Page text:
portrait of a newborn baby with acne and saliva on a gray background on a woman’s hands
This weekend, my friend gave birth to a baby girl (named Georgie, how cute ?!). I want to support her, so I thought back to my own postpartum experiences and read readers’ comments on what to bring and what to do. Here are 10 ways to help a new parent …
1. Bring FRESH foods. “We had a lot of frozen meals when our second was born (much appreciated! Don’t get me wrong!) Ros. A reader named Molly agrees, “We’ve eaten so many heavy casseroles (happily, because postpartum hunger isn’t difficult), but a great gift is cut fruit and veg. You can also make a large salad, says Devorah: “A ready-made salad with a dressing on the side. I really wanted salads, but the thought of standing at the counter chopping veggies was exhausting. This can be homemade or picked up from a salad spot, that’s good too!
2. You can also fill the refrigerator. “When we got home with our first baby, our neighbors had stocked our fridge, and I STILL think 11 years later how wonderful it was,” says Amanda. “Juice, cold cuts, cheese, bread, fresh fruit, potato salad, chicken salad, soup – to make quick meals any time of the day. Plus a chocolate cake which could have been the best part. Note: If you are far away, you can also send bagels. “The BEST gift I received was a gift box from Russ & Daughters, which included coffee, bagels, cream cheese, smoked salmon and chocolate babka,” writes Jamie. “I savored it !!!”
3. Choose foods that you know they will like. “People are well meaning when they ask what you would like to eat, but I was so tired of making decisions,” recalls Joanna. A reader named Naomi agrees: “The day we got home from the hospital, my husband and mother-in-law kept asking me what I wanted for lunch. I was like, do anything to me! I can’t make this decision!
4. Bring soft pajamas and / or a bathrobe. “My mother-in-law gave me cotton pajamas and the softest, lightest robe,” K says. “I LIVE in this robe and secretly loved that it was just right for me. because at the beginning, everything revolves around the baby. Bonus: remember to wash them first. Megan says, “My mom brought me some comfy new pajamas that she’s already washed in baby safe detergent!” Taking that extra step was so amazing because as a first time mom I was very paranoid about my baby’s sensitive skin.
5. Or consider a set of fresh new underwear. “That’s all I wanted,” writes Joetta. “During pregnancy, I stretched all of mine. Nice underwear made me feel like myself again.
6. Offer to stay OR to leave. New parents may want to be alone or want company, so follow their lead. “My colleague was on maternity leave, and one day I was in her neighborhood,” recalls Cynthia. “I stopped at a grocery store, bought a couple of sandwiches and drinks, and texted her saying I would be by in five minutes and I could stay a few minutes or leave. When she opened the door, she burst into tears. The spontaneous lunch and half an hour of gossip at work was the best thing that had happened to her all week. Also consider the timing. “If you can get out of work earlier, schedule your visit for a weekday evening, an hour or two before your friend’s partner comes home from work (that is, the hardest two hours of the day during maternity leave!), ”explains Maggie. Joy responds, “Oh, that’s so awesome. I was such a watchmaker at 4pm when I was home on leave.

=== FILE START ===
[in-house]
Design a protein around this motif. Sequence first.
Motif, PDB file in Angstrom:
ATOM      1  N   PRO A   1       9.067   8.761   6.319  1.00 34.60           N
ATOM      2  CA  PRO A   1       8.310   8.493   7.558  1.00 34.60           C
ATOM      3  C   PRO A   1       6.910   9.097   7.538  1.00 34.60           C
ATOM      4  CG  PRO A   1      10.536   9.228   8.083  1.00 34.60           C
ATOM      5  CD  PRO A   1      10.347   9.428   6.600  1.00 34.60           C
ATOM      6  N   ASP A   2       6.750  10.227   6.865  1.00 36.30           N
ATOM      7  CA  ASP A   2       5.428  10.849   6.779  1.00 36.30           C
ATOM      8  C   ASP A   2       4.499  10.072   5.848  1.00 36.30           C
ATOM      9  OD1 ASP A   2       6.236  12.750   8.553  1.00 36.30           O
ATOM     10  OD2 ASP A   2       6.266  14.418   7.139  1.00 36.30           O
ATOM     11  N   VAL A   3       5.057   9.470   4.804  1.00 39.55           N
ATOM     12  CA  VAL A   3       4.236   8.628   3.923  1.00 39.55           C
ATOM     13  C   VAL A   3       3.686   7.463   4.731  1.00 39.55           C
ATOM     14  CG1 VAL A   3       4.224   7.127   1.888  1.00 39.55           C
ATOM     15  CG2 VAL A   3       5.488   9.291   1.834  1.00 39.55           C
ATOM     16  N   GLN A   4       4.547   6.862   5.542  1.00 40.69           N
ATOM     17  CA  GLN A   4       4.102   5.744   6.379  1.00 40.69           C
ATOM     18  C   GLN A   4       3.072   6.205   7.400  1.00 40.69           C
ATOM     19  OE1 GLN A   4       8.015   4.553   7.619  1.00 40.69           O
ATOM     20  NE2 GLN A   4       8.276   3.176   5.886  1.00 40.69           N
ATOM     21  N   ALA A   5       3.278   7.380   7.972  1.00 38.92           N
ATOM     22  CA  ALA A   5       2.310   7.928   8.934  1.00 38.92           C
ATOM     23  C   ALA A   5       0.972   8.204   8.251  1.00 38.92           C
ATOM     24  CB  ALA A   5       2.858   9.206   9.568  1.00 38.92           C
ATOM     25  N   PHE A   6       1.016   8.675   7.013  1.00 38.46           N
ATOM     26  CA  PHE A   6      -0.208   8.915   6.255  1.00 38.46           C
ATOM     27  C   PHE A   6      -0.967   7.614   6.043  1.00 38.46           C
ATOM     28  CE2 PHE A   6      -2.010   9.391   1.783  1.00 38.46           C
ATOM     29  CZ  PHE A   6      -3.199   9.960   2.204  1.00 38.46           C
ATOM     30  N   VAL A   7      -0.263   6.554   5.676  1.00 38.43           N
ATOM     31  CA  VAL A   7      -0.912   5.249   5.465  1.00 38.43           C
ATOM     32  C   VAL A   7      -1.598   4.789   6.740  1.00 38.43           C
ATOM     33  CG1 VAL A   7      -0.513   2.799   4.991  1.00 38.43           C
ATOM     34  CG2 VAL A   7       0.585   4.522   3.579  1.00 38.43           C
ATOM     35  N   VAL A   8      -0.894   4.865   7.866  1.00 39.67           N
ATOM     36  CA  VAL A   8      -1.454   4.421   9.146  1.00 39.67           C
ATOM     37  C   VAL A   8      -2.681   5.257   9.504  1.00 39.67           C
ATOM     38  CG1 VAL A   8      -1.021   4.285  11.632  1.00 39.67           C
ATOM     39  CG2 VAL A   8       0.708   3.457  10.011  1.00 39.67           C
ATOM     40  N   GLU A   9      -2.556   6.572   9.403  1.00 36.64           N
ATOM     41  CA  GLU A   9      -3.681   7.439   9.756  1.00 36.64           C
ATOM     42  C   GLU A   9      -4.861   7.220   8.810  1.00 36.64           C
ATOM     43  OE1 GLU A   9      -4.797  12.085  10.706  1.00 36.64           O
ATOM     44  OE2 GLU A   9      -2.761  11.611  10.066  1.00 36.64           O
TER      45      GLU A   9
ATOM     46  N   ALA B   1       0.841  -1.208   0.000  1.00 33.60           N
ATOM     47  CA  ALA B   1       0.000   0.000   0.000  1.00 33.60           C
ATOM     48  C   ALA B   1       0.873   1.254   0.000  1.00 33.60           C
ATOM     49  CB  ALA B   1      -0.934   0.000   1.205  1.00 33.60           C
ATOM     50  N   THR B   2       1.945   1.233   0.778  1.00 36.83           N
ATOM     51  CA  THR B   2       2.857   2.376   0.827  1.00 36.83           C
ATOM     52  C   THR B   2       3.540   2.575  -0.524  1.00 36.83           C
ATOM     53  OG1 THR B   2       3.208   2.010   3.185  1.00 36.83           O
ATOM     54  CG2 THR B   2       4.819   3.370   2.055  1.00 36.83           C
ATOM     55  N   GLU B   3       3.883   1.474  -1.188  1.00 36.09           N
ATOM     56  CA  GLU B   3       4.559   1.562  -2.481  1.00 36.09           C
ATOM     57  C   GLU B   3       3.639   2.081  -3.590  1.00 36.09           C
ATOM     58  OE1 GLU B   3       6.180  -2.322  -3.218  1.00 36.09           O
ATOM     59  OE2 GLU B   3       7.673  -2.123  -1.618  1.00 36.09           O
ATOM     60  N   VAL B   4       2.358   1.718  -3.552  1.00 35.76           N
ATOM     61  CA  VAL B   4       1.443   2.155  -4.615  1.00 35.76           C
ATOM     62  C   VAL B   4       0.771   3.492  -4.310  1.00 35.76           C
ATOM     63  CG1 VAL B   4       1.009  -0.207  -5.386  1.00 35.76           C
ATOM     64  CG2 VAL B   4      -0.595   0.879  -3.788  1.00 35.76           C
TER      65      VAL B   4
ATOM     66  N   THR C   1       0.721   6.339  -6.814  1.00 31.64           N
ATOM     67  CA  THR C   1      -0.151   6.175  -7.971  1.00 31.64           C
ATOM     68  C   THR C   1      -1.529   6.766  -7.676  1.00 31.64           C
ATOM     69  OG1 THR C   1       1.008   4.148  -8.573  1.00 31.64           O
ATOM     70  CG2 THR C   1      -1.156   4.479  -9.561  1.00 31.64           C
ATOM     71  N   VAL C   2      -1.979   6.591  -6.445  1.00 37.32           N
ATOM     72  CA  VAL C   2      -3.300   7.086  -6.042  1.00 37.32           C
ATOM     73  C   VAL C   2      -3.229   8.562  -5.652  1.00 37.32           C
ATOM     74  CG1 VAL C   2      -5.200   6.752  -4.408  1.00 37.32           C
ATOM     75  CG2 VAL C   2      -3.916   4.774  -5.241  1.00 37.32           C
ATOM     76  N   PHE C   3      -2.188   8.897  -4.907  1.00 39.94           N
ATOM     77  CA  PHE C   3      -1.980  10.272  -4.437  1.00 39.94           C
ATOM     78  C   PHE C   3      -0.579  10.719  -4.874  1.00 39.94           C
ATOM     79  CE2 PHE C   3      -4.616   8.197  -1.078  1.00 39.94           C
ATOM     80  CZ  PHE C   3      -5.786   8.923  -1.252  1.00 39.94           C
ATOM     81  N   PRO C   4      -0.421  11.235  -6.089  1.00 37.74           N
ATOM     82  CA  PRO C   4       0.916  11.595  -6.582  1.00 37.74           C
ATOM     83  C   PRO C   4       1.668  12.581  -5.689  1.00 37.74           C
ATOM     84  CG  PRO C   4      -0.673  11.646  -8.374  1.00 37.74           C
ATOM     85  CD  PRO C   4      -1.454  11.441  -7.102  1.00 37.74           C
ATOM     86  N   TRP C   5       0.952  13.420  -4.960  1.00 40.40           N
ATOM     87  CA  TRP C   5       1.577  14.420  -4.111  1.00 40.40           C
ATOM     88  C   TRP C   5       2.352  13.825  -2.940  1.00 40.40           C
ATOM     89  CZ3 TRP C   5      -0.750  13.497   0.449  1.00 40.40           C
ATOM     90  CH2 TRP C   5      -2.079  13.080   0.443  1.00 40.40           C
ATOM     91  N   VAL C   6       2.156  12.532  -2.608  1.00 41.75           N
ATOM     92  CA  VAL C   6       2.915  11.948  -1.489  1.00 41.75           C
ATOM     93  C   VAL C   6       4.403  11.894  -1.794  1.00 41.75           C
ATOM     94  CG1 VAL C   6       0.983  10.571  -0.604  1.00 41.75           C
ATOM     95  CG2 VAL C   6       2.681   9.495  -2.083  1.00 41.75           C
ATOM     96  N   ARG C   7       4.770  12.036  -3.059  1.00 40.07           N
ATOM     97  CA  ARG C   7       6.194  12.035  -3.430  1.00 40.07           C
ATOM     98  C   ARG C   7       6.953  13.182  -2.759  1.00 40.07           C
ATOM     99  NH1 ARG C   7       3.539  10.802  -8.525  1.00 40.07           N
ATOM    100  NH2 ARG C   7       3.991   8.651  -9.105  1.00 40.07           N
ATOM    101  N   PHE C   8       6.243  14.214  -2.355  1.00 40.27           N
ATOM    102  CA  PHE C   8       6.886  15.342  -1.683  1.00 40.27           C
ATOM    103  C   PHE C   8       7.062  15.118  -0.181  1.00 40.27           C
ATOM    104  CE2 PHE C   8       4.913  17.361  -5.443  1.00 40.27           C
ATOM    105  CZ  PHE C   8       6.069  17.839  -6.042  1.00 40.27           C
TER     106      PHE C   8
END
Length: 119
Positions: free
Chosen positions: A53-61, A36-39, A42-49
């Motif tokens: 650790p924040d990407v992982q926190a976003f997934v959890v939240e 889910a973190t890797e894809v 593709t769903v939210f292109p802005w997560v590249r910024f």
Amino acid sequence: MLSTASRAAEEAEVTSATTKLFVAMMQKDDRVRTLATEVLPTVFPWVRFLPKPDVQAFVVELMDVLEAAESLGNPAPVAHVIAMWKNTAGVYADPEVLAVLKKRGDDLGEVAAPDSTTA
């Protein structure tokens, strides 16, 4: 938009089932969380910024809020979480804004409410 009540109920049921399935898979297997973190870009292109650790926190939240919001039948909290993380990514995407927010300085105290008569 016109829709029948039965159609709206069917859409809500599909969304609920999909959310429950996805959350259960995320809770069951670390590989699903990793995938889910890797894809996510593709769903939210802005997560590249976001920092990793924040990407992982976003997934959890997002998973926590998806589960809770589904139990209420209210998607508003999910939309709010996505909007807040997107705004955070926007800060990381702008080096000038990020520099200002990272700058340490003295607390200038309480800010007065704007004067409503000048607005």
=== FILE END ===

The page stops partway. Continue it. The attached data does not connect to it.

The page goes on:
7. Roll up your sleeves and do whatever chores you see. When Toby was newborn my friend Abbey came over and uninvited did all of our dishes, and I remember crying because of the kindness. “Take out the trash. Walk the dog. Don’t ask to hold the baby unless she offers to. Listen to her,” Jordan says. Throw in a load of laundry or fold up tiny onesies. “Best thing to do. was come into my house and put a new set of sheets on my bed. Heaven, “writes Whitney. And pack something when you leave:” Empty the diaper genie, take out the trash, empty the old newspapers, n ‘No matter what, “says Chelsea. And think about outside household chores, if there is any.” We had a premature baby in the NICU for 10 weeks, “Heidi explains.” Our neighbor also had her lawn service for doing our lawn. It was so nice knowing that there was one less thing to worry about about the house. “
8. Listen to his birth story. “Give her time to share her story in her own way,” says Sarah. “Don’t compare your story to his. Don’t give him platitudes. Just be there. Help her understand the magnitude of what just happened.
9. Play with the older child, if there is one. “When my daughter was born, the nicest thing our friends did was take our energetic three-year-old to the playground,” says Aly. “Being alone with the baby was really relaxing! And if you don’t know the older child well, entertaining him with toys for an hour in his room is worth gold.
10. Finally, keep checking in for the first few months (or year). “Our friends and family were so generous at first, but as I sit here tired, watery eyes and no shower, with an almost two month old and a three and a half year old, I wish help in those days a little later, ”says Cassie. “Can someone bring us dinner tomorrow?” Or come and hold the baby while I clean my room? Or take our little one to the park? This is not to say that help at the beginning is not appreciated, but rather to note that it is sometimes nice to remember when it “seems” that you should have adjusted and you don’t need to. ‘an unexpected meal or visit.
What would you add? If you have a child, what helped you during those early days? Congratulations to all new or future parents, as well as a heartfelt note and recognition to those who try, wish and wait. XOXO
PS Five gifts for new moms, and how to support a new mom from afar.
“Why was formula feeding best for us?”
(Photo by Tatiana Timofeeva / Stocksy.)